Troy Smith has been shaky during the preseason, but the Ravens love his potential.
Gail Burton / AP Enlarge
BALTIMORE - Heisman Trophy winner Troy Smith has earned the job as the Baltimore Ravens' third-string quarterback. His place on the team, however, is not yet guaranteed.
The Ravens cut former UCLA quarterback Drew Olson yesterday, leaving the former Ohio State star alone on the depth chart behind starter Steve McNair and backup Kyle Boller.
"What still has to be determined is if we'll carry two or three quarterbacks on the active roster," Baltimore coach Brian Billick said. "Last year we carried two."
Even if the Ravens go with only two quarterbacks, Smith will almost certainly earn a paycheck on Baltimore's practice squad.
That's no small feat for the last player drafted in the fifth round of the NFL draft, in part because he was deemed by some scouts to be too small to be a pro quarterback.
The 6-foot, 225-pound Smith had only two games to make an impression on the Ravens coaching staff. His third opportunity was washed away when lightning ended Saturday's preseason game against the Washington Redskins in the third quarter.
Smith was 3-for-11 for 34 yards in the opener against Philadelphia and 4-for-8 for 60 yards against the New York Giants. Olson was 7-for-9 for 84 yards and a touchdown against the Eagles, but only 1-for-4 for six yards against New York.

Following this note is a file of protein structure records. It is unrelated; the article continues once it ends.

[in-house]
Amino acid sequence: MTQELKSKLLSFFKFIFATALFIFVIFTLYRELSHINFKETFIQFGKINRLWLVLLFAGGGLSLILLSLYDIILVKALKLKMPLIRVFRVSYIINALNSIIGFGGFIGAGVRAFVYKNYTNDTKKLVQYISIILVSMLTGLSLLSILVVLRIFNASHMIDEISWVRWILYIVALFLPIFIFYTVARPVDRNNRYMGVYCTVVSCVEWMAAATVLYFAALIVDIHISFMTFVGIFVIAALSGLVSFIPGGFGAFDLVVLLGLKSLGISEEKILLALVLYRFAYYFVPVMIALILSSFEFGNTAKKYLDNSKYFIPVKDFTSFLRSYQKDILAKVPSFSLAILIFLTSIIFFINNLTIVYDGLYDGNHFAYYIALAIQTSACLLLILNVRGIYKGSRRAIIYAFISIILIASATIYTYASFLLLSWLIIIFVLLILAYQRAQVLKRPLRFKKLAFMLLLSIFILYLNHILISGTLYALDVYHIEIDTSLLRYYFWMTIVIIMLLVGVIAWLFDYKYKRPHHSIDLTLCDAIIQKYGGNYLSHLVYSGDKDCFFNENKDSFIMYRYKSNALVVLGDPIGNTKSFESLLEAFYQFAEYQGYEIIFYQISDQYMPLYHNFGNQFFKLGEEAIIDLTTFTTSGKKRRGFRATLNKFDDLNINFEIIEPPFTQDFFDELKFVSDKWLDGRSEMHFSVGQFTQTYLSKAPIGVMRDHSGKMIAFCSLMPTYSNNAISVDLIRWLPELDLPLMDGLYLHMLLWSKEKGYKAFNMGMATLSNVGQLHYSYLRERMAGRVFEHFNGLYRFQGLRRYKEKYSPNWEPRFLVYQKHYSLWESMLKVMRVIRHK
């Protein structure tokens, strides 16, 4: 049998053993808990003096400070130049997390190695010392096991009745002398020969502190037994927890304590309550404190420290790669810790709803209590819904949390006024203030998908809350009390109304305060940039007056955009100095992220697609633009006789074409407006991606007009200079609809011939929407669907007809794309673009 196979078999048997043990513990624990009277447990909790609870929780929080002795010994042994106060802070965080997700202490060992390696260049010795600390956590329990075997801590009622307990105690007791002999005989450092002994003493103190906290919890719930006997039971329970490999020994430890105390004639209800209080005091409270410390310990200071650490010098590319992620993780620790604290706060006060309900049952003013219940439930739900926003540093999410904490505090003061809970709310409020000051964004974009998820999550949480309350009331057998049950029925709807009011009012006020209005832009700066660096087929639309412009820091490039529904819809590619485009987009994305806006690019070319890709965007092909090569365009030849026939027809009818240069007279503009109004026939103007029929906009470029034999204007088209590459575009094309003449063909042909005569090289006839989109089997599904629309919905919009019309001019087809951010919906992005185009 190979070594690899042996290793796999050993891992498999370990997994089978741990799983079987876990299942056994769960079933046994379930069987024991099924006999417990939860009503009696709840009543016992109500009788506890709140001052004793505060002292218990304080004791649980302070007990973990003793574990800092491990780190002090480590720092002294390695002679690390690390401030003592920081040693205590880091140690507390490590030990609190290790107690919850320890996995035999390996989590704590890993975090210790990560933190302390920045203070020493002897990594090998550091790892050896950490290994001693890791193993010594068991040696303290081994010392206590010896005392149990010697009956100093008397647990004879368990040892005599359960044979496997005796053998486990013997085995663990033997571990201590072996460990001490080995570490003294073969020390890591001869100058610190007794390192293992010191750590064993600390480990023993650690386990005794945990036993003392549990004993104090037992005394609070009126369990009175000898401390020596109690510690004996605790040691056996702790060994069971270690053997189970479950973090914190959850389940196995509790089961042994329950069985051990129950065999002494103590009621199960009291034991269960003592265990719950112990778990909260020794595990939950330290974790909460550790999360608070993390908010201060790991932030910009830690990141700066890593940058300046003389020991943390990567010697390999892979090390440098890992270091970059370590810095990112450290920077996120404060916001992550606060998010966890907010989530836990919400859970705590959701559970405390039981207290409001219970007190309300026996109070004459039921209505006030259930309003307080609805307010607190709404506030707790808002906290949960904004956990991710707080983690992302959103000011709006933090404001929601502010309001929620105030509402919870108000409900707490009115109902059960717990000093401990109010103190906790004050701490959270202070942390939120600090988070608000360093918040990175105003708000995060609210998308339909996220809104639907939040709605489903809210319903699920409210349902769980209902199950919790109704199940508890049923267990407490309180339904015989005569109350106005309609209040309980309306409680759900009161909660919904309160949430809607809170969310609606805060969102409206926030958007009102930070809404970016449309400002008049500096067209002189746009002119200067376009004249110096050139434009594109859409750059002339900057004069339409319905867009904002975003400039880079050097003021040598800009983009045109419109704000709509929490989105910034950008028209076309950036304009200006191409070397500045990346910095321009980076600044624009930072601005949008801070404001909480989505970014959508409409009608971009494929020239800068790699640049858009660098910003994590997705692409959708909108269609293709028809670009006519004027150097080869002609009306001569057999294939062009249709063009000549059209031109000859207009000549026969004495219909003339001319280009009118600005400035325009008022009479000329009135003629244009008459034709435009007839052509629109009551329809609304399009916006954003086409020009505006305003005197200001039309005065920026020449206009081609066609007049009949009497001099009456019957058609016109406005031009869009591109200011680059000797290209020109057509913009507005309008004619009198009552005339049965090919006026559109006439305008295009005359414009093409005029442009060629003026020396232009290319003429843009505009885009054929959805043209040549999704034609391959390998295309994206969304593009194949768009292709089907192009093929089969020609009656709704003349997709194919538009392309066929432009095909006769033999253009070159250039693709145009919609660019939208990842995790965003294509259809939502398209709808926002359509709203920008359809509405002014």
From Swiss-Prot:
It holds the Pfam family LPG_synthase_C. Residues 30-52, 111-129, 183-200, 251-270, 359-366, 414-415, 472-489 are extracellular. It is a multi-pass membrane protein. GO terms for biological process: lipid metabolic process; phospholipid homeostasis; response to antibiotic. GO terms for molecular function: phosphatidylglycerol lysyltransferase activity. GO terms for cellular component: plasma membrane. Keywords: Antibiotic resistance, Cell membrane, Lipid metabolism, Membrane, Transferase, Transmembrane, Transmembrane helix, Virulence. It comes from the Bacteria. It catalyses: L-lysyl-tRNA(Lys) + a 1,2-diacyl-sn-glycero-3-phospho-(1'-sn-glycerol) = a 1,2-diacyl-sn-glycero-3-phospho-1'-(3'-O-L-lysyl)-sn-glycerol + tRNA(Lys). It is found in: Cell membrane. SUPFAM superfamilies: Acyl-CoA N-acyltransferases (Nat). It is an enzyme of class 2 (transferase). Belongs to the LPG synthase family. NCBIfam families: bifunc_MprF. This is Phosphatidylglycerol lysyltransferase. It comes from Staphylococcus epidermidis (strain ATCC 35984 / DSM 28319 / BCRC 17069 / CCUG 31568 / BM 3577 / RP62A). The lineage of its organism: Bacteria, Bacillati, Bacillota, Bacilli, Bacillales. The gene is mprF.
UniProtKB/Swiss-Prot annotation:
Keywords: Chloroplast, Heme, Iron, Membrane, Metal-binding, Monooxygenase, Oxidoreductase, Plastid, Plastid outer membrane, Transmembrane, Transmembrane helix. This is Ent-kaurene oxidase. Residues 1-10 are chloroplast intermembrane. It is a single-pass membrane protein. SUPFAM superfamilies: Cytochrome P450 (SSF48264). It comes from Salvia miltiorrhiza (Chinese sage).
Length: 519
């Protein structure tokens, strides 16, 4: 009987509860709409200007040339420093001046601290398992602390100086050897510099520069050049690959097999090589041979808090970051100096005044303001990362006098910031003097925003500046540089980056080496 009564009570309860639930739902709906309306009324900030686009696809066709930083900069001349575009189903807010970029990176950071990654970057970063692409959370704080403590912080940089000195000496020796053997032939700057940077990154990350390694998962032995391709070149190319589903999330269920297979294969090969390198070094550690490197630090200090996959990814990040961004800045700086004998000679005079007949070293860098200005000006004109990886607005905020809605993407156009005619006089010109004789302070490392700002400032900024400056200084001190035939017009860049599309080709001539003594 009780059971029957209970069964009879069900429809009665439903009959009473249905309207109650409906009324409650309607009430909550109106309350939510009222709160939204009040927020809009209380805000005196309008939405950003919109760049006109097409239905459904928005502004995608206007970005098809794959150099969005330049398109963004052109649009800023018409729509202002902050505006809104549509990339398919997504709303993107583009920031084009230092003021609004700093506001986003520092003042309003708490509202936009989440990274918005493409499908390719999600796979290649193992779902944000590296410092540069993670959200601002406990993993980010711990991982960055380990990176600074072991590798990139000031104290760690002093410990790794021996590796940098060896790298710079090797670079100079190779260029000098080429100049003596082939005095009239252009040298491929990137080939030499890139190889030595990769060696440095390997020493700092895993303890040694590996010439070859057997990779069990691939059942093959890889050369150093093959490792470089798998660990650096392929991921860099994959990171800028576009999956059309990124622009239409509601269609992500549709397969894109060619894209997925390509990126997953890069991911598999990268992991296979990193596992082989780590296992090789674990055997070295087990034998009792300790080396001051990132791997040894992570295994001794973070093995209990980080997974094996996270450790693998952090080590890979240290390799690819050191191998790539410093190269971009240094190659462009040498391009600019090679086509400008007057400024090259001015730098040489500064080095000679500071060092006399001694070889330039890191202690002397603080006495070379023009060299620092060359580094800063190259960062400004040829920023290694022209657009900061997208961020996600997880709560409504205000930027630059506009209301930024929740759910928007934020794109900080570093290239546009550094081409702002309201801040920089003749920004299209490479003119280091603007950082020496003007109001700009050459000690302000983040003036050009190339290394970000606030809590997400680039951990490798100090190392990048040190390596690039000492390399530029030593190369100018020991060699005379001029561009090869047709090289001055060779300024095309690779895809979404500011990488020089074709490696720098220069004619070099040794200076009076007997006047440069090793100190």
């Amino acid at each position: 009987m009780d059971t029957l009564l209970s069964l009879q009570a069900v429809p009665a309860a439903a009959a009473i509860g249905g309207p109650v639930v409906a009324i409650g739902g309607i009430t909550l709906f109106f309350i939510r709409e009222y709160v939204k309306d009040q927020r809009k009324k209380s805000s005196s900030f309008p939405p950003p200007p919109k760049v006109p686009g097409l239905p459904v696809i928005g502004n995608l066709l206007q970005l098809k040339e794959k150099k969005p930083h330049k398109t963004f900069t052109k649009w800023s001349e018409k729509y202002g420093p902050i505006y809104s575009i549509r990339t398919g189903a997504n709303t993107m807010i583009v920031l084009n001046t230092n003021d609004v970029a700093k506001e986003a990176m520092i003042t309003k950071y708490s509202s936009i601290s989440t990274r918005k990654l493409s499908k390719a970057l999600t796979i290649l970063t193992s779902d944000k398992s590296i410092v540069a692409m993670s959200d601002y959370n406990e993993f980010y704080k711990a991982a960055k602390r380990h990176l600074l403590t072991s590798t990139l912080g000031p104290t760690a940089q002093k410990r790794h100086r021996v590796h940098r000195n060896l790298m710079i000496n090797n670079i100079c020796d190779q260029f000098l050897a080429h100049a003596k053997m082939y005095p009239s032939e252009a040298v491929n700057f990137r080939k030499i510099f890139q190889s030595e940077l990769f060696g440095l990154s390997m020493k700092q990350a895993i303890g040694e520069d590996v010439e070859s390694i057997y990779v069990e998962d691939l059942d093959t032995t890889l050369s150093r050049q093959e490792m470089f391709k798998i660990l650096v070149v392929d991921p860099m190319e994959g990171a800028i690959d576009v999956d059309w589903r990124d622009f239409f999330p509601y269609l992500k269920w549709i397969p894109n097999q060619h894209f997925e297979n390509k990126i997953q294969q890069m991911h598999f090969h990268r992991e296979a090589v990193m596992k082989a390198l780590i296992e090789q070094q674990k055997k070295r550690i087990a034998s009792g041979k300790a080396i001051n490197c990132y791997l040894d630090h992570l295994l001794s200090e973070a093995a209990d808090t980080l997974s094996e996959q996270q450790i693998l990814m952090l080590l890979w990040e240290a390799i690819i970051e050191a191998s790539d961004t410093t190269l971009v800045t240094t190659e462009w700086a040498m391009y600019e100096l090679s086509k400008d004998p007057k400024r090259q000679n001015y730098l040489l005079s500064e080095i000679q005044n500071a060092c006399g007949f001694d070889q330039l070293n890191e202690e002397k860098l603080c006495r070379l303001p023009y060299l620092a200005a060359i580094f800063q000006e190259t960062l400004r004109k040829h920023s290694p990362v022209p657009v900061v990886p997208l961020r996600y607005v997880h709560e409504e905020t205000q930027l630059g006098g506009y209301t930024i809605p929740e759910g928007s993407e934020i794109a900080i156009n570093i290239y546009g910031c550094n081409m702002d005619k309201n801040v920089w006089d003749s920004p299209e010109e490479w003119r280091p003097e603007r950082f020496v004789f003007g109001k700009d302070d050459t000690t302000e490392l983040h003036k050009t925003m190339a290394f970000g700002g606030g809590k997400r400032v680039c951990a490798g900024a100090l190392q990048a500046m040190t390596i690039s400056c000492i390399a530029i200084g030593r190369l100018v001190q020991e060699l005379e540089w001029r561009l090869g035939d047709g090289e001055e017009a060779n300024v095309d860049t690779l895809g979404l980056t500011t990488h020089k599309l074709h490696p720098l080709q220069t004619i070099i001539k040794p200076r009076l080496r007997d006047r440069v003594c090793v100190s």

Rather than wait to make a decision, the Ravens cut ties with Olson - who played in NFL Europa and was on Baltimore's practice squad last year - and went with Smith.
"You just know there's loads and loads of potential there," offensive coordinator Rick Neuheisel said. "It's difficult in the short time that we've been with him to get all that out of him, especially because he's trying to indoctrinate himself into a new offense, new terminology, and all that kind of stuff.
"We made the decision to bank on the huge upside that Troy has," Neuheisel said.
Smith won the Heisman Trophy, threw 54 touchdown passes at Ohio State, and led the Buckeyes into the national championship game last season. His outstanding college career couldn't prepare him for the NFL.
On Sunday, Smith was engaged in a friendly competition with Olson. Yesterday, Olson was gone.
"I just gave him a call to see what time we were coming in, and he told me they had released him," Smith said. "It was a shock to me. Guys you slapped fives with might not even be here. You never know. It's an incredible business."
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